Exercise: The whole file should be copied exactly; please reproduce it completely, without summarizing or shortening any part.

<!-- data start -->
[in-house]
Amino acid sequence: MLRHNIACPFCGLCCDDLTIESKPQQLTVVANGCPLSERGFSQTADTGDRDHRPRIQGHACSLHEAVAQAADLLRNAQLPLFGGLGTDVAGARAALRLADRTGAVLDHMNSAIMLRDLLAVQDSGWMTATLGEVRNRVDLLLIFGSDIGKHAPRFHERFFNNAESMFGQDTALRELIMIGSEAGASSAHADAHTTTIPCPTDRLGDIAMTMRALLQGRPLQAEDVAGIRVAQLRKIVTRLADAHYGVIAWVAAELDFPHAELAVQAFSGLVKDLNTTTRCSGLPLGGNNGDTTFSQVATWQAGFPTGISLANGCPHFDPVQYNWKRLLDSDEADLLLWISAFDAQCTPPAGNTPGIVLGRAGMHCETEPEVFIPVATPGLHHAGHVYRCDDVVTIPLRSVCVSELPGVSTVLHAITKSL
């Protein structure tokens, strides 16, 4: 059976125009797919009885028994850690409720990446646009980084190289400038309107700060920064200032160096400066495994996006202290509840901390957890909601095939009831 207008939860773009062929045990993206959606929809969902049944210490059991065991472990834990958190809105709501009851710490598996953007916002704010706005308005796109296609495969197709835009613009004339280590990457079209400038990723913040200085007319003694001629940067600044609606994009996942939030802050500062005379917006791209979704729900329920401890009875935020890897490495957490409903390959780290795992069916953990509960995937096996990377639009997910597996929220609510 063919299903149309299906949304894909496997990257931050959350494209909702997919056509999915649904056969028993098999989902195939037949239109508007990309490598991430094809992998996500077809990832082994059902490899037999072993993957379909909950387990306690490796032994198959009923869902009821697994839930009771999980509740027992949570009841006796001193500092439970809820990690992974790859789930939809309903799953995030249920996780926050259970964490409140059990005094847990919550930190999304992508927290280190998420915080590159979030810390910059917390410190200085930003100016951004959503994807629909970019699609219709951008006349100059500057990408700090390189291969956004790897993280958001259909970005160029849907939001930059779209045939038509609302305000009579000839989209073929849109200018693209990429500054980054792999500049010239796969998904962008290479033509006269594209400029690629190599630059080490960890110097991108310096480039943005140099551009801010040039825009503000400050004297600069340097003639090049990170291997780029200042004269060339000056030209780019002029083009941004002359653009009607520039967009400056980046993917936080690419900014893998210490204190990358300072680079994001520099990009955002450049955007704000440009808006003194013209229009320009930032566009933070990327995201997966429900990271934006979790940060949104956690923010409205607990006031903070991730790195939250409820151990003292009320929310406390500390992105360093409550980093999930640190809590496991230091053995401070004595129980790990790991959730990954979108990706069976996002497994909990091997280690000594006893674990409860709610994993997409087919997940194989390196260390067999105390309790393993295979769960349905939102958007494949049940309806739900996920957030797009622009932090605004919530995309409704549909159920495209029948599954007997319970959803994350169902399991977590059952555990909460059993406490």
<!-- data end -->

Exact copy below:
[in-house]
Amino acid sequence: MLRHNIACPFCGLCCDDLTIESKPQQLTVVANGCPLSERGFSQTADTGDRDHRPRIQGHACSLHEAVAQAADLLRNAQLPLFGGLGTDVAGARAALRLADRTGAVLDHMNSAIMLRDLLAVQDSGWMTATLGEVRNRVDLLLIFGSDIGKHAPRFHERFFNNAESMFGQDTALRELIMIGSEAGASSAHADAHTTTIPCPTDRLGDIAMTMRALLQGRPLQAEDVAGIRVAQLRKIVTRLADAHYGVIAWVAAELDFPHAELAVQAFSGLVKDLNTTTRCSGLPLGGNNGDTTFSQVATWQAGFPTGISLANGCPHFDPVQYNWKRLLDSDEADLLLWISAFDAQCTPPAGNTPGIVLGRAGMHCETEPEVFIPVATPGLHHAGHVYRCDDVVTIPLRSVCVSELPGVSTVLHAITKSL
């Protein structure tokens, strides 16, 4: 059976125009797919009885028994850690409720990446646009980084190289400038309107700060920064200032160096400066495994996006202290509840901390957890909601095939009831 207008939860773009062929045990993206959606929809969902049944210490059991065991472990834990958190809105709501009851710490598996953007916002704010706005308005796109296609495969197709835009613009004339280590990457079209400038990723913040200085007319003694001629940067600044609606994009996942939030802050500062005379917006791209979704729900329920401890009875935020890897490495957490409903390959780290795992069916953990509960995937096996990377639009997910597996929220609510 063919299903149309299906949304894909496997990257931050959350494209909702997919056509999915649904056969028993098999989902195939037949239109508007990309490598991430094809992998996500077809990832082994059902490899037999072993993957379909909950387990306690490796032994198959009923869902009821697994839930009771999980509740027992949570009841006796001193500092439970809820990690992974790859789930939809309903799953995030249920996780926050259970964490409140059990005094847990919550930190999304992508927290280190998420915080590159979030810390910059917390410190200085930003100016951004959503994807629909970019699609219709951008006349100059500057990408700090390189291969956004790897993280958001259909970005160029849907939001930059779209045939038509609302305000009579000839989209073929849109200018693209990429500054980054792999500049010239796969998904962008290479033509006269594209400029690629190599630059080490960890110097991108310096480039943005140099551009801010040039825009503000400050004297600069340097003639090049990170291997780029200042004269060339000056030209780019002029083009941004002359653009009607520039967009400056980046993917936080690419900014893998210490204190990358300072680079994001520099990009955002450049955007704000440009808006003194013209229009320009930032566009933070990327995201997966429900990271934006979790940060949104956690923010409205607990006031903070991730790195939250409820151990003292009320929310406390500390992105360093409550980093999930640190809590496991230091053995401070004595129980790990790991959730990954979108990706069976996002497994909990091997280690000594006893674990409860709610994993997409087919997940194989390196260390067999105390309790393993295979769960349905939102958007494949049940309806739900996920957030797009622009932090605004919530995309409704549909159920495209029948599954007997319970959803994350169902399991977590059952555990909460059993406490």